4.3. Clauses 6 and 7 on registration of insurers raised so much debate among Committee Members who felt that there was need to put minimum qualifications for registration of an insurers in addition to other requirements outlined in the Bill.  The Committee also suggested that an additional clause be included which requires the Commission to complete the registration process within 21 to 30 days from the date of receipt of an application.

Clause 7 on registration of insurers by the Commission. Subsection (2) (iii) which requires ‘at least half of the applicant’s directors’ are either citizens or permanent residents of Zimbabwe must be amended to read ‘at least two thirds of the applicant’s directors.’

4.4. Clause 10: The Committee highlighted the need for a new insertion (d) which mandates the Commission to also publish any notice of registration and of cancelation of registration of an insurer on the website in addition to those proposed in the Bill. Then the current subsection (d) becomes (e).    

4.5 Clauses 11 and 12 provides for the registration of insurance brokers, loss adjusters and insurance surveyors. The subheading for clause 12 is not complete as it states that, “Registration of insurance brokers, etc.” However, the public noted in a Bill, all subheadings must be complete and specify exactly what they seek to achieve. Thus, it was proposed that the subheading be completed and also to include a new insertion for registration of other players in the market, such as claims settlement agent to cater for the small insurance agencies or other agencies in the sector. 

4.6. Clause 14 on the cancelation of registration of insurance brokers, loss adjusters and insurance surveyors, it was also proposed that all gazettes be standardised and published also on the website in addition to other proposed medium of communication.

4.7. Clause 33 was welcomed by the stakeholders in the industry as it is a new provision. Currently, the Minister make use of a directive through a statutory instrument to provide for board of registered insurer and insurance brokers. However, concerns were raised on the manner in which the word ‘insurer’ is being used to refer to three different aspects.

Firstly, the insurance companies, secondly, the re-insurance companies and thirdly to other insurance players. This was highlighted to be potentially confusing in the insurance market. Recommendations were made on this logjam, highlighting that there is need for the bill to distinguish the insurance players and not necessarily use the word ‘insurer’ to refer to any insurance player. Specific reference on the likelihood for confusion in clause 33 was made on where an insurer is referred to as an ‘insurance company’ and subsequently called an ‘insurance broker’ in the same subsection. Emphasis was therefore made on the need for clarity on the actual names given to insurance players.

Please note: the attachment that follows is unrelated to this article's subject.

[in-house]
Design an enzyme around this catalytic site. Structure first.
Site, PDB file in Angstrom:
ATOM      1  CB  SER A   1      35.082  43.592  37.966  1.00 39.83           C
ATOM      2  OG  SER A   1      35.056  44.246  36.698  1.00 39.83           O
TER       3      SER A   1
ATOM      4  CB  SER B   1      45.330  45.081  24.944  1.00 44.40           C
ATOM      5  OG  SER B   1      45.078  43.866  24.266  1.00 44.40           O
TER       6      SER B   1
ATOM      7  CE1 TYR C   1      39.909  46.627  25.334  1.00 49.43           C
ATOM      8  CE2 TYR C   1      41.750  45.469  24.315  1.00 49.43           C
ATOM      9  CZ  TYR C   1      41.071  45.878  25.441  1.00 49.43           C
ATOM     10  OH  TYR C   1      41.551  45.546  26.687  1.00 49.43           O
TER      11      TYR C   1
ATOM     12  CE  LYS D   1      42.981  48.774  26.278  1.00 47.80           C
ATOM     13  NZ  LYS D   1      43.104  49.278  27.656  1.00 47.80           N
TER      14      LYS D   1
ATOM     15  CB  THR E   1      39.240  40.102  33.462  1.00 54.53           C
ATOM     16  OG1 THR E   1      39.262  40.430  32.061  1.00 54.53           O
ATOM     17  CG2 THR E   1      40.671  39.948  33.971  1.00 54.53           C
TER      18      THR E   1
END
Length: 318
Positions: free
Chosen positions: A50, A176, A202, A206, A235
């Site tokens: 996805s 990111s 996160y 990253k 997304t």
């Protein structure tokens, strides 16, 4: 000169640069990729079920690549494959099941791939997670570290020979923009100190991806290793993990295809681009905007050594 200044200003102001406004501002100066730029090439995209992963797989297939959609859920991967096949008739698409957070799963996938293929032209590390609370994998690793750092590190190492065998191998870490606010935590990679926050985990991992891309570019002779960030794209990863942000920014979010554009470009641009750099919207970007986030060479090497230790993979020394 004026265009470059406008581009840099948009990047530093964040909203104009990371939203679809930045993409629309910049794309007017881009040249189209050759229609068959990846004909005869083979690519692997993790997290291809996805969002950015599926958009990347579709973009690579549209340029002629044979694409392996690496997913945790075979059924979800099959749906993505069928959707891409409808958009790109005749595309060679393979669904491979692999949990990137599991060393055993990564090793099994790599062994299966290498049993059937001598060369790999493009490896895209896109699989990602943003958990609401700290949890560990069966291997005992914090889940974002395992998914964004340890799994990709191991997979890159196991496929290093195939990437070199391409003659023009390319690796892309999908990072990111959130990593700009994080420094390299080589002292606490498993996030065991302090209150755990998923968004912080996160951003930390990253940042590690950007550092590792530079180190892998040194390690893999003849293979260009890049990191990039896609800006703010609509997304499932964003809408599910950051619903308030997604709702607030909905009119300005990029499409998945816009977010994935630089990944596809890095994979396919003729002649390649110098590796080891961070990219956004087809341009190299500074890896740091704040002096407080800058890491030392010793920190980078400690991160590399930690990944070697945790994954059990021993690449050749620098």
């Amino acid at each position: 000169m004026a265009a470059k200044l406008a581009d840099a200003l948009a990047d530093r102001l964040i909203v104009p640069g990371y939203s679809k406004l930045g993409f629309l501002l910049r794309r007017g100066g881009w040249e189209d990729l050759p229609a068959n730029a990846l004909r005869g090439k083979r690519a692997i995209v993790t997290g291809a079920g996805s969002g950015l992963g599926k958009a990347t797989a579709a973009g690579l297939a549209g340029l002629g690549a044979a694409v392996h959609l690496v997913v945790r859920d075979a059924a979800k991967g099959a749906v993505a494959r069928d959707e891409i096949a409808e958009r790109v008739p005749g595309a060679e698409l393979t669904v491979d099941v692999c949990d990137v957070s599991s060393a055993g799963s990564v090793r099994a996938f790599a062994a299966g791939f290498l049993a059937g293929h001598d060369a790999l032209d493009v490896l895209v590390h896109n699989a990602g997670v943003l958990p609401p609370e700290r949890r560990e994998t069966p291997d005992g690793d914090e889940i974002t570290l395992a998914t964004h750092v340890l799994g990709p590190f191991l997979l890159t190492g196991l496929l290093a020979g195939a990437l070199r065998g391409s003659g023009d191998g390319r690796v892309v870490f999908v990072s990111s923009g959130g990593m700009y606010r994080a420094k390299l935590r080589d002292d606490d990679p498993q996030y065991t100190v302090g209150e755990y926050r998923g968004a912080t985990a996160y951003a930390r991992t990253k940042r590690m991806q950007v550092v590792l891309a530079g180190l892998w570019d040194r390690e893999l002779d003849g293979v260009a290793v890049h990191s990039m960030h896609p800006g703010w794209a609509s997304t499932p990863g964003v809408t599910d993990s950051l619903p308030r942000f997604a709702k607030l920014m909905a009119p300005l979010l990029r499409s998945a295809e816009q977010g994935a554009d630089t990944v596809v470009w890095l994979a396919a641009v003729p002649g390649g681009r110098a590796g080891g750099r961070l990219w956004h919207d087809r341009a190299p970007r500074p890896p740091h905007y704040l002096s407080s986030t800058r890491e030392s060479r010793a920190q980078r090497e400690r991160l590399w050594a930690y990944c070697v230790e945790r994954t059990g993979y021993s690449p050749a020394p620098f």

4.8. Clause 36: The public raised concern on the definition of “significant interest” given in the Bill. The public posited that clause 36 failed to provide specific information on when and how the commission would be defining and quantifying the interest. Members of the public also recommended that there should be clarity on the process in the event that an insurance company is a public listed entity.

Subsection 2 of the Clause must also be reviewed. The Committee noted with concern that the term ‘knowingly’ must be deleted so that it does not create confusion in the interpretation of the law.

4.9. Clauses 37 and 38 are new provisions to curb abuse of shareholder funds through investing in off-shore markets. The Committee welcomed the idea of having IPEC to approve all opening of subsidiary branches outside the country as it will seek to safeguard the best interest of the country.

4.10. Clause 39: Members of the public welcomed clause 39 which seeks to encourage the sharing of policies and the creation of procedures on how insurance companies can share a particular risk. They however called on the Committee to ensure that the Bill specifically highlights “co-insurance” in the clause which indicates that two entities can agree to jointly insure against a risk.

4.11. Clause 41: The public recommended that the requirement in this clause for brokers to remit premiums timeously with seven working days be reviewed. Firstly, the use of the term insurance broker alone is not adequate. The provision must apply to every registered insurance broker, insurance agents or other parties that receive premiums.   Secondly, the prescription of seven working days is problematic as it becomes a long time in a volatile environment. Thus, the people and the Committee recommended that IPEC from time to time review through regulations of delegated law the period depending with the market volatility.

4.12. Clause 44 requires the Commission to request insurers to furnish information regarding their liabilities or valuation of the insurers’ assets. However, in the event that the Commission is not satisfied with the information provided, Subsection 2 mandates the Commission to cause an independent evaluator to provide such valuation of liability or assets. However, the Committee felt that subsection 3 be amended to ensure that the commission shall bear the cost for causing any independent valuations. This has been suggested as measures to ensure that the Commission will also not request for valuation on flimsy grounds.